New Global Studies Minor to be Offered in Fall 2019

In spring 2019, Swarthmore will offer a new interdisciplinary Global Studies minor. Associate Professor of Political Science Ayse Kaya and Associate Professor of French Carina Yervasi, in collaboration with other faculty members, spearheaded the movement to make this minor a reality at the college. The minor hopes to start admitting students to its new intro class that will be offered next year.

“Global Studies is about the ways in which we consider the global,” Professor Carina Yervasi said. “An important point that we made when we put together this proposal was that Global Studies focuses not just on globalization, but global processes. When we put it together, we were thinking about the idea of global processes, global systems, global phenomena, the relationship between local and global.”

In the future Global Studies program, students will be able to take an intro class to Global Studies, which will give them the broad sense of how global processes and systems impact the world as well as the local culture. The student can then focus in on a specific culture in their sophomore plan, which outlines a set of courses that they will study in their next three years. The student proposes core courses that they will take, as well a language to fulfill the requirement of the minor. This pairing, called a Pathway, differs from a concentration in that the student will develop a question to explore through different courses. In their senior year, the student will then write a reflection on the discoveries made in the program that presents what their Pathway is and what they learned from reflecting on their initial sophomore plan, as well as their successes and failures.

“This all started when Ayse Kaya … came to see me to say that there are a lot of students who are interested in doing Global Studies,” Yervasi said.

Previously, students at Swarthmore could take Global Studies-related courses from existing departments at Swarthmore. Examples of such are internationally-focused political science courses or specific literature or arts courses such as “European Cinema” or “Asian Art.” Students could even create a special major in Global Studies, if they chose. However, there existed no organized program to pursue an education in Global Studies until now. In the future minor, students will be able to pair these courses together to further explore the question proposed in their sophomore plan.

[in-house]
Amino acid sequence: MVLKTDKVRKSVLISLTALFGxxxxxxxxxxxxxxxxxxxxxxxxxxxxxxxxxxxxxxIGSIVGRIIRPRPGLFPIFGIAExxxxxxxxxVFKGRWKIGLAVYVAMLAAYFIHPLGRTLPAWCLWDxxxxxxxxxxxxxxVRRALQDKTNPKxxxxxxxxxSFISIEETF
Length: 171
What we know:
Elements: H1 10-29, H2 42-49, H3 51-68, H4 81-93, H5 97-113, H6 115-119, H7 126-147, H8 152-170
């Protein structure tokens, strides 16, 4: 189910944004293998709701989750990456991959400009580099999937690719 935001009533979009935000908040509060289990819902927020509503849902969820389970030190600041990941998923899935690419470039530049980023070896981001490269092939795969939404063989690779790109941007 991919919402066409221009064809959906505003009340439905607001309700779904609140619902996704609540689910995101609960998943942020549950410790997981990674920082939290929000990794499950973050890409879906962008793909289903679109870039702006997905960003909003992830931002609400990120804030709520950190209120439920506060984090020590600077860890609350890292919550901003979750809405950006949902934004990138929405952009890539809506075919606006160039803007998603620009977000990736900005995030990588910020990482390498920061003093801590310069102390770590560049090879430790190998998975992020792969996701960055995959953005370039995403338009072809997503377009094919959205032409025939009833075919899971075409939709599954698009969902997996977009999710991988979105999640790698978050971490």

“In the future, I really hope that the program will be able to offer different regional and topical areas of study for different people to dive into. I think that’s something that a lot of other Global Studies programs offer and it’s really interesting and useful because Global Studies is such a broad category that is necessary to narrow down and study what they want to study and do it with specificity,” said Arunima Shiney-Ajay ’20.

Student interest in Global Studies motivated Kaya to create a program and brought the idea to Yervasi.

“I was really interested in looking for a major that crossed disciplinary boundaries and that fell into the categories of what I was interested in, which at times were different interdisciplinary approaches of studying capitalism and the global economy but not just from an economical standpoint,” said Arunima Shiney-Ajay ’20, who had expressed interest in the program to Professor Kaya.

First, Kaya and Yervasi looked at the history of Global Studies as a program. The program started out in California, led by Professor Mark Juergensmeyer. He wrote  “The Global Studies Reader” and also co-edited “Thinking Globally,” two books that the co-creators of the Global Studies referred to when creating the program. They also referred to existing programs across different peer institutions such as Williams College, which offers a concentration in Global Studies and Purdue University which offers a major in Global Studies. From this research, they created a proposal for a future Global Studies program as a minor.

Professors Kaya and Yervasi presented the proposal to the Curriculum Committee, which leads discussions on new majors and minors at Swarthmore. After deliberation, the Committee presented the new program to the faculty, who as a voting body decided whether to accept the new program at Swarthmore. “ [The faculty] had a vote in the beginning of this semester, and so the faculty accepted the program,” said Yervasi.

Yervasi and Kaya hope to see a high enrollment in Global Studies next year as well as to attract prospective students to the program.

 

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